Travel and living

Why Be More Conscious When Driving Abroad

open road

The British public are a hardworking and hardy bunch; we eat, sleep and play almost all at the same time so it’s not wonder every so often we feel we deserve a break. It’s surprising to find out that over 10 million of us Brits plan on driving abroad every year, which increases year on year with the number of people passing their driving test. We like the adventure of a driving holiday, it’s a good enough excuse to shout the words “road trip!” loudly at your friends or family and is a great way to unwind and relax. But a worrying number of us will relax a little too much, especially at the hands of the wheel in a foreign country.

A recent infographic by & Their Cars Abroad-gives some shocking facts and statistics regarding our driving skills whist under the influence and how accident prone we really are. A whopping 18% of Brits admitted to taking drink driving less seriously when on their driving holiday, which is even worse when you discover that 7% of us won’t even wear a seat belt and a mere 24% of us will actually learn all the road signs. That means that 76% of us have no idea what the signs mean but almost one fifth of us still don’t think about the consequences of drink driving.


It’s understandable that you would want to sit back and relax when on holiday but that doesn’t mean you should take your life and the safety of others less seriously. A lot of us will forget that when we’re visiting another country, other people live there. Sounds quite obvious but when we’re in “tourist” mode we put aside what any of the locals think, say or do and just go about our business as if we’re still at home. These drink drivers are not only disregarding the safety of other people in the car with them, such as friends and family, but also the other road users. 1 in every 10 Brits driving abroad have an accident, not all of this is due to alcohol. These accidents can occur when driving tired, using the wrong fuel due to different colour labels, a lack of concentration/distractions in the car and not learning road signs.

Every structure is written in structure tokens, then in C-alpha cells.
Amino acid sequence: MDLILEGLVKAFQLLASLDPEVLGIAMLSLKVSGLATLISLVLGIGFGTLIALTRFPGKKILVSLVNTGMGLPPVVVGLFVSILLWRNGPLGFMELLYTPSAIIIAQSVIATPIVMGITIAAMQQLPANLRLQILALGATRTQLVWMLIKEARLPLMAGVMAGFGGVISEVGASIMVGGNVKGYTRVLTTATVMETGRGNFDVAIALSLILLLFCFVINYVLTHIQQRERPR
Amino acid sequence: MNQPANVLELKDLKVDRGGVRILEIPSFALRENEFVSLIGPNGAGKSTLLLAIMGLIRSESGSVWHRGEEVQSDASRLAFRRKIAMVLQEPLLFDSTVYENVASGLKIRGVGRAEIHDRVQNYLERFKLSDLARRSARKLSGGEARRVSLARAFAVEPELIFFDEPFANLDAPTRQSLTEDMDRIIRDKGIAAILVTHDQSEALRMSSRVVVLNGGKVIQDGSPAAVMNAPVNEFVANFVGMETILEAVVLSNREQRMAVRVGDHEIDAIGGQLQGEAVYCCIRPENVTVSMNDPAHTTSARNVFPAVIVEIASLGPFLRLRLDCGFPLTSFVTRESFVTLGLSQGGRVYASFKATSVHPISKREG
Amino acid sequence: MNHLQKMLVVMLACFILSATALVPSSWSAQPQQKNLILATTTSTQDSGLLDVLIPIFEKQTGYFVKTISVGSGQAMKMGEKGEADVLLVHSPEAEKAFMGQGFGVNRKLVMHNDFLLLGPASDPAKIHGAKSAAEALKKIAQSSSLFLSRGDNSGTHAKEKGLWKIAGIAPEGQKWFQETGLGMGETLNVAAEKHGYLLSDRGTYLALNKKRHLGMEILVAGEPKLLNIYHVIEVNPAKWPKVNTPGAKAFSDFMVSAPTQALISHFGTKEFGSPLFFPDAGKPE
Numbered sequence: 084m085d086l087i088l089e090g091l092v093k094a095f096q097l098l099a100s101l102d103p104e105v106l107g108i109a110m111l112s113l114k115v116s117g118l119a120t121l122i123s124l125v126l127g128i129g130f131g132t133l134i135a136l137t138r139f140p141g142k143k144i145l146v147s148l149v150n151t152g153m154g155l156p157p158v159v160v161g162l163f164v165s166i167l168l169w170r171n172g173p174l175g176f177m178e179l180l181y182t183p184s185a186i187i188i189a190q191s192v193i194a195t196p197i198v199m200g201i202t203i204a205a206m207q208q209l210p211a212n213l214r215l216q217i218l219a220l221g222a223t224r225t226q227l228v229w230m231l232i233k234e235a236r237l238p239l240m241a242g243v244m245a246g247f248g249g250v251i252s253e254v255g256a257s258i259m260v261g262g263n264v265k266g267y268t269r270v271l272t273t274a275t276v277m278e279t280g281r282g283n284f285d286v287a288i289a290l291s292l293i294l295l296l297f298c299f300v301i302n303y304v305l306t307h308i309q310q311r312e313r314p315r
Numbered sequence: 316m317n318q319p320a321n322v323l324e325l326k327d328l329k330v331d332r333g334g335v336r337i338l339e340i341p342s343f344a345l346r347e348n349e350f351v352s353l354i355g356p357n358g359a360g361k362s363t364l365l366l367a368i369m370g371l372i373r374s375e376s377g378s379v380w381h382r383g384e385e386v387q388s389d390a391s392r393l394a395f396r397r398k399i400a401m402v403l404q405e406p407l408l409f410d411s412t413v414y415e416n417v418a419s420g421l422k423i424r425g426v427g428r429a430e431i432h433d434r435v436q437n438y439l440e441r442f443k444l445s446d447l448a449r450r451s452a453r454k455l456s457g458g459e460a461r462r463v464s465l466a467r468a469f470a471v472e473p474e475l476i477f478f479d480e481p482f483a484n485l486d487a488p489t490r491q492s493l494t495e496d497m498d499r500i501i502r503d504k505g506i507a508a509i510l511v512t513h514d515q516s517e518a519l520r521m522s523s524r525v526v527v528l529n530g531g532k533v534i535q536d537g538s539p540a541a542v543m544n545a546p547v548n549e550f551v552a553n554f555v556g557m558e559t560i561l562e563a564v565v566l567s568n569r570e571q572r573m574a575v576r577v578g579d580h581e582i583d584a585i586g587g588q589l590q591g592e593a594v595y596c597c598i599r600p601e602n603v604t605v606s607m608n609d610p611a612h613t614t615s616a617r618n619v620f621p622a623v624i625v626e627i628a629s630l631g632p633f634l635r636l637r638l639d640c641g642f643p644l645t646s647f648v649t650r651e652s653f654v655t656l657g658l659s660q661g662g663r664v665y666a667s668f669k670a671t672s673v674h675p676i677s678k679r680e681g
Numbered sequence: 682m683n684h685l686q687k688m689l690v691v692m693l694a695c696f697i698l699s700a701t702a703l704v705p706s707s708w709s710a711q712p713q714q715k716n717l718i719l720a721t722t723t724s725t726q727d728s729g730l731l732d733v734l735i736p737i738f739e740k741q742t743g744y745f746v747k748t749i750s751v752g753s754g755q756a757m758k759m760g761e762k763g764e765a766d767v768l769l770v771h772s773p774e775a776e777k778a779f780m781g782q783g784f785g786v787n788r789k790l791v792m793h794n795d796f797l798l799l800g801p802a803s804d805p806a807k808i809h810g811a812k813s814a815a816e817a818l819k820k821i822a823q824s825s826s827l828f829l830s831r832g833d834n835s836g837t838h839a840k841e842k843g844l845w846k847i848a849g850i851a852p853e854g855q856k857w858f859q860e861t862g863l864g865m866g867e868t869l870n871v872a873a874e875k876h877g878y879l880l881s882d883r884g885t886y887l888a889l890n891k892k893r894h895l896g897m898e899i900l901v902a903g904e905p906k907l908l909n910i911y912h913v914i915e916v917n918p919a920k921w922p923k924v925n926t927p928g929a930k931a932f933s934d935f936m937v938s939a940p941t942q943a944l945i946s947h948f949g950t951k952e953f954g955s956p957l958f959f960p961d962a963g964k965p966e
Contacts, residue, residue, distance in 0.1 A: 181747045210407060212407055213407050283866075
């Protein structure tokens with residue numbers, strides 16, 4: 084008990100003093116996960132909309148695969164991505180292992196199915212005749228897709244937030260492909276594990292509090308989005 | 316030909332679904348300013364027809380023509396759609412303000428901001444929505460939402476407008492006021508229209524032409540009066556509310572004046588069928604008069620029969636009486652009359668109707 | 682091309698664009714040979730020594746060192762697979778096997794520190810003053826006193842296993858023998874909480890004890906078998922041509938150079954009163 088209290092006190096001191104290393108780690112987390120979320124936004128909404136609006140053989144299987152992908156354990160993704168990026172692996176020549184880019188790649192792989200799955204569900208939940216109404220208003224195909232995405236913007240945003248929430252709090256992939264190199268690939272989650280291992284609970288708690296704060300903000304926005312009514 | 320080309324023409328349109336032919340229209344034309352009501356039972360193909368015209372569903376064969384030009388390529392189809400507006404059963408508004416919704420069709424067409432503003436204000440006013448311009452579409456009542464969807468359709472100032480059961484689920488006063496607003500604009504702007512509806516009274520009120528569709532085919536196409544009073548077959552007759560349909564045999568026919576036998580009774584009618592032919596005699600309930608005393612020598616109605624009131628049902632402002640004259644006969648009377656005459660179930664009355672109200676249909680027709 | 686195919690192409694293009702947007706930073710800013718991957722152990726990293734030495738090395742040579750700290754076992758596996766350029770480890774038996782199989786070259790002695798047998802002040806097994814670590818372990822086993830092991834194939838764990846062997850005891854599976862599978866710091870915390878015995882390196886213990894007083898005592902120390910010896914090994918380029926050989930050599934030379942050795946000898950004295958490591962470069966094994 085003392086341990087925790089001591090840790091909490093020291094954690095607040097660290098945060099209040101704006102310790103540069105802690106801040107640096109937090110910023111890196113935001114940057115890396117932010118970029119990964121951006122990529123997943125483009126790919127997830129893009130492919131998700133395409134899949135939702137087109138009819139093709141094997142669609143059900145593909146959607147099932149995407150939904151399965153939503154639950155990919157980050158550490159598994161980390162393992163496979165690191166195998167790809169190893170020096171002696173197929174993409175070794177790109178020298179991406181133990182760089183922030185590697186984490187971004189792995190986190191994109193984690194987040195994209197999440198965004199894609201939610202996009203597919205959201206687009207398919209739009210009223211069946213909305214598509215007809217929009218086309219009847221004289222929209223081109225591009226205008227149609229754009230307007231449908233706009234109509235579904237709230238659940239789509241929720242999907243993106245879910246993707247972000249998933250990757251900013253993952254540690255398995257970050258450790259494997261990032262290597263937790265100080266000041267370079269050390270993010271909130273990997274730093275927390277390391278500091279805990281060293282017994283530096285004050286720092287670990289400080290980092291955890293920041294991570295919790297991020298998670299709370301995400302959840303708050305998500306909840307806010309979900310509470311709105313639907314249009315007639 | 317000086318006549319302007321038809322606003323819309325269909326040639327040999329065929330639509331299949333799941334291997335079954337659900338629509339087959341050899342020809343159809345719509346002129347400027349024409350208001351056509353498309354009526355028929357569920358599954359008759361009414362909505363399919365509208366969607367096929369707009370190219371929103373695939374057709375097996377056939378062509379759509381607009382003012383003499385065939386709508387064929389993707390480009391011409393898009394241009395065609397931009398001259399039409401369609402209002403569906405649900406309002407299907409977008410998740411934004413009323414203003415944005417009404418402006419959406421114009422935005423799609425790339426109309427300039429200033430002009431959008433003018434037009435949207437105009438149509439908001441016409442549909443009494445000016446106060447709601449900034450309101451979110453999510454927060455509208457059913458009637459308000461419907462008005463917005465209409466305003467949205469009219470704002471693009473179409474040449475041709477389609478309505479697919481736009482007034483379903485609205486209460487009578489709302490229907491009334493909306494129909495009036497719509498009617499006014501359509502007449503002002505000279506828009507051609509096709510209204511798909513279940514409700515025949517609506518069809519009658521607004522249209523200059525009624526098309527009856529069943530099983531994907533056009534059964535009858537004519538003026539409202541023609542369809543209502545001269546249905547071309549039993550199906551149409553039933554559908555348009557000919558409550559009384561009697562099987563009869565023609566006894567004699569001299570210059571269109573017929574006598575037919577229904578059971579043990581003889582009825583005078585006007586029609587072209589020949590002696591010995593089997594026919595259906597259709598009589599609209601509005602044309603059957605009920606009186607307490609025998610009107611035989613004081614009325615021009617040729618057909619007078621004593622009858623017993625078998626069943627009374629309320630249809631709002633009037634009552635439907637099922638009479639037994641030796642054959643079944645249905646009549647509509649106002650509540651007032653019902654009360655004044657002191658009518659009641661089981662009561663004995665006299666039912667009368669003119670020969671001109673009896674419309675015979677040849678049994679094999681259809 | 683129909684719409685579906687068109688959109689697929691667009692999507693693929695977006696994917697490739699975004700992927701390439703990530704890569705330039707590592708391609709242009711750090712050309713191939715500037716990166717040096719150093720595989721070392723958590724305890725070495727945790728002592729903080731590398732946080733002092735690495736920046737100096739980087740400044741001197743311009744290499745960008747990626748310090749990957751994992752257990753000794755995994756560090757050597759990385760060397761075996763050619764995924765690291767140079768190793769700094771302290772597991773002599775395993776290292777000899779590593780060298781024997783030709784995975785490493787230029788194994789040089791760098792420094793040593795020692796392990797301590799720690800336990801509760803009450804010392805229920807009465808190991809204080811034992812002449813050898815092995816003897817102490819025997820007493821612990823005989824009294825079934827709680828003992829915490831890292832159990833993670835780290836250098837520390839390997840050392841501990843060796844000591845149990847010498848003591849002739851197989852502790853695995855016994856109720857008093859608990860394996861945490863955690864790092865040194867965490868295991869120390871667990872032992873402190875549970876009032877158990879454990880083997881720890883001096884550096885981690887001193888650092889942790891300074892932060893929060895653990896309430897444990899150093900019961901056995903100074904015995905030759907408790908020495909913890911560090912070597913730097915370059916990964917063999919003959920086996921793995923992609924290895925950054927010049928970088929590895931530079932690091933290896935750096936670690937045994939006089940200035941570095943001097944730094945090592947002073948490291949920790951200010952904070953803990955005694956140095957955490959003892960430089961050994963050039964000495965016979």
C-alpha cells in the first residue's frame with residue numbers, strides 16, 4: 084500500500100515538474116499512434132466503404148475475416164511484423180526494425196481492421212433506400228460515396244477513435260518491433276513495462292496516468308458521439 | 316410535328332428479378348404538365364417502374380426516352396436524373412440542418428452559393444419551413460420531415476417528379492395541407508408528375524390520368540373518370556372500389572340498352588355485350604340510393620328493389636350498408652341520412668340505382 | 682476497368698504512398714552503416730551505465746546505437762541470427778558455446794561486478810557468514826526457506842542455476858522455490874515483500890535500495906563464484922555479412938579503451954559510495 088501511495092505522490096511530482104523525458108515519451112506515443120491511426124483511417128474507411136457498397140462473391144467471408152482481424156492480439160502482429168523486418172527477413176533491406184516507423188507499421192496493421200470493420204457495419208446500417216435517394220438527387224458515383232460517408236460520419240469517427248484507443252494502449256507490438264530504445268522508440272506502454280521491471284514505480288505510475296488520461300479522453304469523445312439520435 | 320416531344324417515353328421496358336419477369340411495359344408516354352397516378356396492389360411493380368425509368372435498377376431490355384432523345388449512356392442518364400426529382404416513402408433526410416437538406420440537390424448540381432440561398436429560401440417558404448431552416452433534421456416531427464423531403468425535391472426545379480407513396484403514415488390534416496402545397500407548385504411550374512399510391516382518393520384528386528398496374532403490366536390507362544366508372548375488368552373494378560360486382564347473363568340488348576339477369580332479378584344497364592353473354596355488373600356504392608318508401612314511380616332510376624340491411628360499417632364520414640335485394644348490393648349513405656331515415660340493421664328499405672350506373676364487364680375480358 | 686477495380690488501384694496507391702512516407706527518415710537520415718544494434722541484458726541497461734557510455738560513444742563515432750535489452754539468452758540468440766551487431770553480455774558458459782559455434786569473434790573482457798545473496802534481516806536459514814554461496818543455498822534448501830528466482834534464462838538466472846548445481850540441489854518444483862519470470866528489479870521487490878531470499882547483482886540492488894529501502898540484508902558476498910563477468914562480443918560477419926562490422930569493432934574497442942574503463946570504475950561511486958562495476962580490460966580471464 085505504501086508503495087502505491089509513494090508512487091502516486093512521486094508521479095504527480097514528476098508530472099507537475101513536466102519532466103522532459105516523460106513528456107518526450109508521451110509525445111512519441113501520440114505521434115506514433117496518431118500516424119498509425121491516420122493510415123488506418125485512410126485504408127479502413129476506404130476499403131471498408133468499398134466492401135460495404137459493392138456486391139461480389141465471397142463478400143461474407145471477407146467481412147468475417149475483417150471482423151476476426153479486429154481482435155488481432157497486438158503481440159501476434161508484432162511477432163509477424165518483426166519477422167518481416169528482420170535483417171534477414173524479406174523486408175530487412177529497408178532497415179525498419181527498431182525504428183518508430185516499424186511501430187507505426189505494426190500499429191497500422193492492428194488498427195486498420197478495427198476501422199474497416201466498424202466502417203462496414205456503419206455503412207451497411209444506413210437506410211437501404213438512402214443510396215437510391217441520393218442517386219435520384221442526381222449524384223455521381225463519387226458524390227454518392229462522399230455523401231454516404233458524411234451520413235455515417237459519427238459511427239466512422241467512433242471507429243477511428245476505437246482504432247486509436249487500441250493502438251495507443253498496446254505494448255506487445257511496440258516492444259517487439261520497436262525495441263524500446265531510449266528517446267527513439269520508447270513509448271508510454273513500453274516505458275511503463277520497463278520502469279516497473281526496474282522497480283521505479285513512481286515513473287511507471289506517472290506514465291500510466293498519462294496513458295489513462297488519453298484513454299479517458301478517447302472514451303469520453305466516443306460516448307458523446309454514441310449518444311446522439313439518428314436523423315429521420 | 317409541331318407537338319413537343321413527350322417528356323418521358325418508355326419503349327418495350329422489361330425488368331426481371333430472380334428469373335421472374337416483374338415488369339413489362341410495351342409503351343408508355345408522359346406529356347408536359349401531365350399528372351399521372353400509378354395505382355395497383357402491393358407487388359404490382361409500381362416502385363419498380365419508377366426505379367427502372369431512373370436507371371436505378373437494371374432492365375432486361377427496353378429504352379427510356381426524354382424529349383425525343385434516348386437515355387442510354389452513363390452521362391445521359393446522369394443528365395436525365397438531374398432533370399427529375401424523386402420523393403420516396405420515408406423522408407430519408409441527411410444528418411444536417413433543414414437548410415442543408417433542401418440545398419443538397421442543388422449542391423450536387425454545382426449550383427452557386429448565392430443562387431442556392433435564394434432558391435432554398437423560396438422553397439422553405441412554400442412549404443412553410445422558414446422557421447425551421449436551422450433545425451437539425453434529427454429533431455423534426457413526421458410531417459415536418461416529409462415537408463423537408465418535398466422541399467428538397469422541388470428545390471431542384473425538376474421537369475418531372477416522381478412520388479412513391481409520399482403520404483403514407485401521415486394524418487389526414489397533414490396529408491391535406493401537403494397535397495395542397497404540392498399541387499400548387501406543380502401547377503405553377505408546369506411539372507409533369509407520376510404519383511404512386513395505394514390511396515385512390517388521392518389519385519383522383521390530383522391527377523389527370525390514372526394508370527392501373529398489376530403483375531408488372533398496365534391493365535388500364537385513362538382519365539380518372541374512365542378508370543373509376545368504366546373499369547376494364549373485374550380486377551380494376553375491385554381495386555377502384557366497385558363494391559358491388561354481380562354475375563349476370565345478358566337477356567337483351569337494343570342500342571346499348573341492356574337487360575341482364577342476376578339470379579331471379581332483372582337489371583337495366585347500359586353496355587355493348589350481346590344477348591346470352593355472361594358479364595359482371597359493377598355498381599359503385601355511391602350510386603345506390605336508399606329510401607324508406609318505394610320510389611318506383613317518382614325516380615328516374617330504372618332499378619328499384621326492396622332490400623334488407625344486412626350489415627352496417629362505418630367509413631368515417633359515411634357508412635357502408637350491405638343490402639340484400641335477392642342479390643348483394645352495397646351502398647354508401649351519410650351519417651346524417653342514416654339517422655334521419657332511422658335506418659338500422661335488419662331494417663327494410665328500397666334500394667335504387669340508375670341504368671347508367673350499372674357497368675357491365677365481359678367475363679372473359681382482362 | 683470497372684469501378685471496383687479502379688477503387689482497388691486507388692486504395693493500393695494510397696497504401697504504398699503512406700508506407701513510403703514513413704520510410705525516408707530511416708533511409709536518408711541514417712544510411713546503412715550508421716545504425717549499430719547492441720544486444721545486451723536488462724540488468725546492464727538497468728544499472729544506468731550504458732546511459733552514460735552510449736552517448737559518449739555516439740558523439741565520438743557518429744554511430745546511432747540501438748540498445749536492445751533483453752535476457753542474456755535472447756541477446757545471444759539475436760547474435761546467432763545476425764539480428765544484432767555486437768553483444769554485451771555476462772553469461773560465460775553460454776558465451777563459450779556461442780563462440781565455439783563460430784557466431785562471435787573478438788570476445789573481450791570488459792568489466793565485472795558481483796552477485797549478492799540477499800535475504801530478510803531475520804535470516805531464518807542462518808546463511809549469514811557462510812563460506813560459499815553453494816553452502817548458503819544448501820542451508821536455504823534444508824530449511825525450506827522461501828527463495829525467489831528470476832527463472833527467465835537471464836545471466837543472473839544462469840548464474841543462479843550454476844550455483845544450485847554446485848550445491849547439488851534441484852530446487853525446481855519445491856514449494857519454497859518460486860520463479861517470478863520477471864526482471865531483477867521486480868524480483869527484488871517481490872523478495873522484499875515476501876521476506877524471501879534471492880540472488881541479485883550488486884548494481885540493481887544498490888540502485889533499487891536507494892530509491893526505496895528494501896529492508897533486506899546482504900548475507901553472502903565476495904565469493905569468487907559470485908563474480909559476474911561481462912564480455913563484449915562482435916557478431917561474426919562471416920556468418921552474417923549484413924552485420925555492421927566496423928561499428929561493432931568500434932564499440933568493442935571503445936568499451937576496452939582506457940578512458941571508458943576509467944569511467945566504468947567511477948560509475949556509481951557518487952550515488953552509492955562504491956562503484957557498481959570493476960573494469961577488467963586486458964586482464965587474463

We can’t stop everyone from having a bit of tipple, but we can advise people on how much they should be having as a maximum to avoid any restrictions on the body or brain. 50mg of alcohol to every 100ml of blood (AKA the limit as to what you can drink before driving) is the equivalent of a small glass of wine or half a pint of beer, not much is it? But this is only the case if you’ve been drinking plenty of water and are having it with or after a meal, booze on an empty stomach can be a huge risk to your driving ability.

Before setting off also remember what you need on or in your car and what the speed limits are. Most European countries require you to have a GB sticker, warning triangles and a first aid kit in your vehicle. You’ll also need to carry your driving licence (making sure it is still in date while you are abroad), car documentation (MOT, Tax etc) and also an international driving permit (which you will need well in advance of your trip). It might surprise you to find that some countries do not actually allow a GPS device into their country, it’s actually a criminal offense as they reveal the locations of fixed speed cameras. In France & Italy the speed limit is 80mph, in Spain it is 75mph but in Germany there is technically no limit (though they prefer you to stick to 80pmh).

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